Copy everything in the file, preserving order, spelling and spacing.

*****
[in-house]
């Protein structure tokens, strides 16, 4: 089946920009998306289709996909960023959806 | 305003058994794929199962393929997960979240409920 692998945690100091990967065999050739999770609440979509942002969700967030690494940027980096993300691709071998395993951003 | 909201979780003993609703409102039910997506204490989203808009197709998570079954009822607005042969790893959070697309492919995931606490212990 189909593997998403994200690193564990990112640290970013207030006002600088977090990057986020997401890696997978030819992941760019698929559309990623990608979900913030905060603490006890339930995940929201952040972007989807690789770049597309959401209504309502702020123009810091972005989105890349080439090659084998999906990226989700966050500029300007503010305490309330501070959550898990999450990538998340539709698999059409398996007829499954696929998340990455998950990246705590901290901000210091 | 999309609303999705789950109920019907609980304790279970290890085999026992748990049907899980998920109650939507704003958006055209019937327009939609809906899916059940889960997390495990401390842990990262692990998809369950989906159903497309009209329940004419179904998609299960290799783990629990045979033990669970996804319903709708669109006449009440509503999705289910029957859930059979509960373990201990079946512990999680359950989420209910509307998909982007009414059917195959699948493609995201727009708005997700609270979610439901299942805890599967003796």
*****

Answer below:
[in-house]
């Protein structure tokens, strides 16, 4: 089946920009998306289709996909960023959806 | 305003058994794929199962393929997960979240409920 692998945690100091990967065999050739999770609440979509942002969700967030690494940027980096993300691709071998395993951003 | 909201979780003993609703409102039910997506204490989203808009197709998570079954009822607005042969790893959070697309492919995931606490212990 189909593997998403994200690193564990990112640290970013207030006002600088977090990057986020997401890696997978030819992941760019698929559309990623990608979900913030905060603490006890339930995940929201952040972007989807690789770049597309959401209504309502702020123009810091972005989105890349080439090659084998999906990226989700966050500029300007503010305490309330501070959550898990999450990538998340539709698999059409398996007829499954696929998340990455998950990246705590901290901000210091 | 999309609303999705789950109920019907609980304790279970290890085999026992748990049907899980998920109650939507704003958006055209019937327009939609809906899916059940889960997390495990401390842990990262692990998809369950989906159903497309009209329940004419179904998609299960290799783990629990045979033990669970996804319903709708669109006449009440509503999705289910029957859930059979509960373990201990079946512990999680359950989420209910509307998909982007009414059917195959699948493609995201727009708005997700609270979610439901299942805890599967003796």